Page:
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Friday, 01 April 2016 15:10

Be Your Best Boss Featured

Written by  William R. Seagraves
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Why Older (or Retired) Employees are Well Positioned to Reinvent Themselves as Entrepreneurs

“How much runway does this guy have left, at 62?”  That was the unspoken question in the interview room as Don Rollins sought new employment after losing his job at an arms manufacturer as a result of sequestering.

“They saw my grey hair and read my resume with my 30 years’ experience,” Don recalls, knowing then he’d hear nothing more. But the extroverted Florida engineer wasn’t ready to stop making stuff, and he sure didn’t want to stay home and miss out being with people every day

The lack of job offers, not uncommon in an era of ‘ageism’ in the workforce, gave Don the push he needed to start his own business. (His wife Kathy’s job was also cut as the result of sequestering. Just after they bought a franchise, she was reinstated as a teacher.) The Rollins settled on a Signworld franchise after Don visited other franchisees. "They told me how much money they're making and how cool it is with the high-tech digital artwork” for sign making. Don felt it matched his personal interest and skill set; “I was excited about being able to stay in the realm of manufacturing.”

The Rollins bought the franchise in Sarasota, Florida for $145,000 using a financing technique known as the Self-Directed 401(k) – rolling over some of Don’s retirement plan into his newly created C-corporation, working with a financial advisor experienced in the rollover process.


It’s My Money


"I haven't borrowed any money, and I never will," Don says empathically of the business he’s named Great Blue Images. “It’s my money, it’s my deal – I can make decisions as I see fit.”


Most people share Don’s sentiment; they’re not interested in re-mortgaging the house or other personal assets. Tapping into their retirement dollars is a way to avoid debt servicing which would negatively impact their cash flow. The Self-Directed 401(k) – also known as Rollover for Business Startup _ yields a substantial return on investment (25% or more), when compared to investment in Wall Street where they might get 6% to 8%.

Business is good for Don, whose passion and energy has translated into a loyal customer base. “There isn't a customer of mine who wouldn't stand at the side of a road with a sign about us if I asked them to," Don says. He’d like to add a couple more employees, expand his 2,500 sq. ft. facility, and add a CNC machine – when profits allow, of course. But he’s content to stay with a single location, and he knows his exit strategy is in the not-too-distant future.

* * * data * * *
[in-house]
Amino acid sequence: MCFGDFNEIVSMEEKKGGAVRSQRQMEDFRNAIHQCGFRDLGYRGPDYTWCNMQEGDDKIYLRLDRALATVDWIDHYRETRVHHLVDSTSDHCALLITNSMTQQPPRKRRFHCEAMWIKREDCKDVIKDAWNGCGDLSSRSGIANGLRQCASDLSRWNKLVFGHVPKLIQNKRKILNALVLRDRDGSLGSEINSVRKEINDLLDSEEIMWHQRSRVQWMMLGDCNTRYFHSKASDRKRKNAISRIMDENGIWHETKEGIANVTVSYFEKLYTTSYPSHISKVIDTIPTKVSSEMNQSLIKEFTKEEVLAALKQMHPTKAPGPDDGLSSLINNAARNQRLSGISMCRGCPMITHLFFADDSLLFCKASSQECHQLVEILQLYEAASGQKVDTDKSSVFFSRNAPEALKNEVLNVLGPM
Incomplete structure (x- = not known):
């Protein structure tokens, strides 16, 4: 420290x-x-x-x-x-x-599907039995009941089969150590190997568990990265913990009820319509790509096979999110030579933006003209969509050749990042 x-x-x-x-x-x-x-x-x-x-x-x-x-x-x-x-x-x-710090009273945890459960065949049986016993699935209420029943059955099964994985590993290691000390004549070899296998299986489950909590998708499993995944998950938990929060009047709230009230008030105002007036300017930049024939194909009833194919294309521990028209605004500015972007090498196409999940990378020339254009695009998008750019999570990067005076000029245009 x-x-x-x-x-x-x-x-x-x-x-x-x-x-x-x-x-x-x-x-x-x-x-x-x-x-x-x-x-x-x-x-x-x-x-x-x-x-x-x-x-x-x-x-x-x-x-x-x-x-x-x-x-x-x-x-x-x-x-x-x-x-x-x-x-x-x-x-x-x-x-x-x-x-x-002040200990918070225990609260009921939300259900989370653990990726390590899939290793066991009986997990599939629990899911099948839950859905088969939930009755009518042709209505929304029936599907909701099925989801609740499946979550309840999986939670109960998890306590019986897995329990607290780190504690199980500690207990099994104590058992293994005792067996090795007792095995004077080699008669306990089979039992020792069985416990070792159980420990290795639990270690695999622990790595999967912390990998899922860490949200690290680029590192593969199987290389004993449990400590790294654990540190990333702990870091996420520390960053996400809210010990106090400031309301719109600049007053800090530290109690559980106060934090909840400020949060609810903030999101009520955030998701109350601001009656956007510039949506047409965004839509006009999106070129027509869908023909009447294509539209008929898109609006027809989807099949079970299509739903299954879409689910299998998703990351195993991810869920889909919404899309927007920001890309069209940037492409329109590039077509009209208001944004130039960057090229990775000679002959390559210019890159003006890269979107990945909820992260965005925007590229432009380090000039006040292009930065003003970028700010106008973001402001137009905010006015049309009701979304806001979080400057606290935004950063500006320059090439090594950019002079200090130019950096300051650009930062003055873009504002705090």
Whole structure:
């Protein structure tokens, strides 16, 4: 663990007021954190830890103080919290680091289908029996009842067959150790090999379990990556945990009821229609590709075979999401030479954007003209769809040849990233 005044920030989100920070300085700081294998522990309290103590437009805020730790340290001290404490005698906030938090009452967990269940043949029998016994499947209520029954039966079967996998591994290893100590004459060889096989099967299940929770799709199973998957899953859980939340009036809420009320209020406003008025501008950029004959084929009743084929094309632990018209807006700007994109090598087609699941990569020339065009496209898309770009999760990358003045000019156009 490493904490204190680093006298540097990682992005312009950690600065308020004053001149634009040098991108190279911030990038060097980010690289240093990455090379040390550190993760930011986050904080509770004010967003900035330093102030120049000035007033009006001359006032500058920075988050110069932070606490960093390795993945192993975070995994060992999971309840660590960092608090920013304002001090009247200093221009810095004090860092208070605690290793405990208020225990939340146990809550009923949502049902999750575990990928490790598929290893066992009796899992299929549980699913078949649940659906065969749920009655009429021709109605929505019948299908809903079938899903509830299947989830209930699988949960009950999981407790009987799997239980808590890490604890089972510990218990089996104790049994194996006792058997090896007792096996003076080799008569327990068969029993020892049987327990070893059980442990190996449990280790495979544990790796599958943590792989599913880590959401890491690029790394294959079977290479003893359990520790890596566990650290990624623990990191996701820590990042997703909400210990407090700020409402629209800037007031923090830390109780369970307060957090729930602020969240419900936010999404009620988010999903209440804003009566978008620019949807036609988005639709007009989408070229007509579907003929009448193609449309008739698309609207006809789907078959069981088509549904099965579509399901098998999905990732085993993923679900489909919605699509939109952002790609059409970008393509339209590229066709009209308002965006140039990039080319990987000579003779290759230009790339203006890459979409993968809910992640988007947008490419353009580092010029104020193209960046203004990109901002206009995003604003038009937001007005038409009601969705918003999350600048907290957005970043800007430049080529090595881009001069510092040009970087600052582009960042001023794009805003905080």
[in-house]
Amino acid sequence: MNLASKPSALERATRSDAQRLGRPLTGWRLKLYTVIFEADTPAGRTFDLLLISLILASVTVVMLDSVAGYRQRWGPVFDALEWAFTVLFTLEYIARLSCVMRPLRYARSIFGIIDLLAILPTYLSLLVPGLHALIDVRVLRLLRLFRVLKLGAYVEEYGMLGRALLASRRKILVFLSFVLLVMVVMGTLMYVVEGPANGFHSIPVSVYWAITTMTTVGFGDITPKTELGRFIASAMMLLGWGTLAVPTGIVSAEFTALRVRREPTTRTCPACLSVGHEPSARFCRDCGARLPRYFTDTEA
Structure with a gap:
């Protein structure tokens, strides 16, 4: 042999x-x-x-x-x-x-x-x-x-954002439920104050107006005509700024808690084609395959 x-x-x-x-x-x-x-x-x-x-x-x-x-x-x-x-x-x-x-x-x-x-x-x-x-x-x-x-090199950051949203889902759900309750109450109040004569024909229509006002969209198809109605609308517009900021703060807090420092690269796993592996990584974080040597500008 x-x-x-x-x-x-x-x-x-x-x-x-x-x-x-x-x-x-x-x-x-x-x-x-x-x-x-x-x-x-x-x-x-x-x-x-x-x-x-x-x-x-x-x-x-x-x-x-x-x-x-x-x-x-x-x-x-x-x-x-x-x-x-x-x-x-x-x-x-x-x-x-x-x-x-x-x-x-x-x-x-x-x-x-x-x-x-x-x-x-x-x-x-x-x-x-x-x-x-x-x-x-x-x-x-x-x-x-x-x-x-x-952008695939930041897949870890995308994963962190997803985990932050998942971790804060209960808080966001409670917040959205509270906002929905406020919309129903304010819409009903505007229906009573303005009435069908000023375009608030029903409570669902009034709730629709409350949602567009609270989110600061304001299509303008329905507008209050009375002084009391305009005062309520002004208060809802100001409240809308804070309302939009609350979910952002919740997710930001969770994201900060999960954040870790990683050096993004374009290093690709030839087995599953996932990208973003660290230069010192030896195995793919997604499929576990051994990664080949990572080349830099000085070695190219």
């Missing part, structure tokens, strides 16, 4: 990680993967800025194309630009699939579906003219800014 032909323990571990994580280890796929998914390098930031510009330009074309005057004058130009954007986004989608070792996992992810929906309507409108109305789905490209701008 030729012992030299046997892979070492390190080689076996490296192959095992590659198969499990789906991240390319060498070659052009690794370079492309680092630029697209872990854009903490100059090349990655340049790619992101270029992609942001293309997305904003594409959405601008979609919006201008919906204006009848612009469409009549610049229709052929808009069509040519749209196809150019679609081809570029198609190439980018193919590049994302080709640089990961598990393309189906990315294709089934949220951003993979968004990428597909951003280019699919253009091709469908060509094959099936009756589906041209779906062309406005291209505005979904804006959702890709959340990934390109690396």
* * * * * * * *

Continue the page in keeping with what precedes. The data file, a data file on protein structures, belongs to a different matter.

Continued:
Retired but Inspired

Max Steiner is the latter case. The 57-year-old took early retirement after working three decades for a private mining company. He found himself with a lot of free time on his hands – kids away at college, his wife working part-time. It didn’t turn out to be what he wanted.

 “I wasn’t ready to donothing," Max says. "Plus, it would have been a stretch – financially – to make it" on a fixed income the rest of his life, and he knew it wasn’t realistic to rely on the stock market to grow any real financial security.

However, Max was not looking for a full-time job, he was looking for a business investment. He reviewed a multi-unit concept called Sola Salon Studios, whose business model is to lease space to individual hairdressers. He could play landlord and, as long as the spaces were filled, he'd just collect checks each month. No employees, no inventory, and no need to be there every day.

Then came the issue of start-up capital.

“The investment in multiple units was considerably more than I was prepared for," Max says.  "I probably could’ve gotten a loan, but it’s not what I wanted to do at this stage of my life. I didn’t want to get tied down to a huge commitment that way.”

The strategy between multiple units of franchising is that you’re effectively buying options on units 2 through 5. Costs are really only for the first unit, and once that unit is profitable, it’s easier to get bank loans for the rest of the units. You don’t even have to open the remaining units. But if you do, any loans may be covered by your cash flow from the first two units.

Max opened his first Sola Salon Studios location in Little Rock, Arkansas in February of 2014, and he’s on track to open a second location.

Max Steiner and Don Rollins are both grateful they stopped working for other people and started working for themselves. As Don says, "I sure as hell don't miss the corporate world!" Max says, “I’m investing in myself… I have a hand in what happens.”

Isn’t that what we all want – control over our destiny, money, and the kind of sunset we ride into, that is, when we decide to stop participating in the work world?

William R. (Bill) Seagraves, president and founder of CatchFire Funding, of Parker, CO, is the author of the Penguin Random House book, Be Your Best Boss: Reinvent Yourself From Employee to Entrepreneur, released in February 2016. Himself a serial entrepreneur, Bill coaches mid-career Americans on the best route to successful entrepreneurship. Learn more

Read 2534 times Last modified on Friday, 01 April 2016 15:32

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